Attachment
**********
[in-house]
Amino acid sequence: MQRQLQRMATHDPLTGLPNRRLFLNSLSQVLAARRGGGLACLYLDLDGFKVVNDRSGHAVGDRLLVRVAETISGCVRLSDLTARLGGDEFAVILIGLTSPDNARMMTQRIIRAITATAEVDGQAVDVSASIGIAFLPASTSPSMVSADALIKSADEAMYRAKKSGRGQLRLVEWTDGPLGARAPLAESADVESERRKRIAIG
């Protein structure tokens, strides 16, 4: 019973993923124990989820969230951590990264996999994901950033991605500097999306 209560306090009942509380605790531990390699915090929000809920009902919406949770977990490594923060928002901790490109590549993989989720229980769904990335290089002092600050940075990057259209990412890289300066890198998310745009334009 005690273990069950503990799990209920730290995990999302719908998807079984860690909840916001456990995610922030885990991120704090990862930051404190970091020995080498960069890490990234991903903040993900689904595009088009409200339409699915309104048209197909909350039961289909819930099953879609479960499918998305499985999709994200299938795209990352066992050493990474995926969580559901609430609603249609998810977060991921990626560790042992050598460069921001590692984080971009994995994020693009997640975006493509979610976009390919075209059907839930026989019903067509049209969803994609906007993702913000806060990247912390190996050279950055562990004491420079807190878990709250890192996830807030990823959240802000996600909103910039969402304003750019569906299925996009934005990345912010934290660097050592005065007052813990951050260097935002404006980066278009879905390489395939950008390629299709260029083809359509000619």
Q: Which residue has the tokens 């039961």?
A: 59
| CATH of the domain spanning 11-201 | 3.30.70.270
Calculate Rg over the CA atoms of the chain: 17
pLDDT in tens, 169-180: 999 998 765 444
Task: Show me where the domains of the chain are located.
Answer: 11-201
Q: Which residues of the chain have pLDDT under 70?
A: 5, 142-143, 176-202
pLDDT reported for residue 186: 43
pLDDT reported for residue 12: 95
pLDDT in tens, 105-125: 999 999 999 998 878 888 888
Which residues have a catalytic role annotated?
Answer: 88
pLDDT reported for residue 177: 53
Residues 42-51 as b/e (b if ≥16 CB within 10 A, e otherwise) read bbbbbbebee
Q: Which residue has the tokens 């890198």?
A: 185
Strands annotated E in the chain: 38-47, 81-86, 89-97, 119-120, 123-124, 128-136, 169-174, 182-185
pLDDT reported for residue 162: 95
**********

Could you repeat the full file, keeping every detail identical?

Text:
[in-house]
Amino acid sequence: MQRQLQRMATHDPLTGLPNRRLFLNSLSQVLAARRGGGLACLYLDLDGFKVVNDRSGHAVGDRLLVRVAETISGCVRLSDLTARLGGDEFAVILIGLTSPDNARMMTQRIIRAITATAEVDGQAVDVSASIGIAFLPASTSPSMVSADALIKSADEAMYRAKKSGRGQLRLVEWTDGPLGARAPLAESADVESERRKRIAIG
């Protein structure tokens, strides 16, 4: 019973993923124990989820969230951590990264996999994901950033991605500097999306 209560306090009942509380605790531990390699915090929000809920009902919406949770977990490594923060928002901790490109590549993989989720229980769904990335290089002092600050940075990057259209990412890289300066890198998310745009334009 005690273990069950503990799990209920730290995990999302719908998807079984860690909840916001456990995610922030885990991120704090990862930051404190970091020995080498960069890490990234991903903040993900689904595009088009409200339409699915309104048209197909909350039961289909819930099953879609479960499918998305499985999709994200299938795209990352066992050493990474995926969580559901609430609603249609998810977060991921990626560790042992050598460069921001590692984080971009994995994020693009997640975006493509979610976009390919075209059907839930026989019903067509049209969803994609906007993702913000806060990247912390190996050279950055562990004491420079807190878990709250890192996830807030990823959240802000996600909103910039969402304003750019569906299925996009934005990345912010934290660097050592005065007052813990951050260097935002404006980066278009879905390489395939950008390629299709260029083809359509000619």
Q: Which residue has the tokens 């039961």?
A: 59
| CATH of the domain spanning 11-201 | 3.30.70.270
Calculate Rg over the CA atoms of the chain: 17
pLDDT in tens, 169-180: 999 998 765 444
Task: Show me where the domains of the chain are located.
Answer: 11-201
Q: Which residues of the chain have pLDDT under 70?
A: 5, 142-143, 176-202
pLDDT reported for residue 186: 43
pLDDT reported for residue 12: 95
pLDDT in tens, 105-125: 999 999 999 998 878 888 888
Which residues have a catalytic role annotated?
Answer: 88
pLDDT reported for residue 177: 53
Residues 42-51 as b/e (b if ≥16 CB within 10 A, e otherwise) read bbbbbbebee
Q: Which residue has the tokens 């890198």?
A: 185
Strands annotated E in the chain: 38-47, 81-86, 89-97, 119-120, 123-124, 128-136, 169-174, 182-185
pLDDT reported for residue 162: 95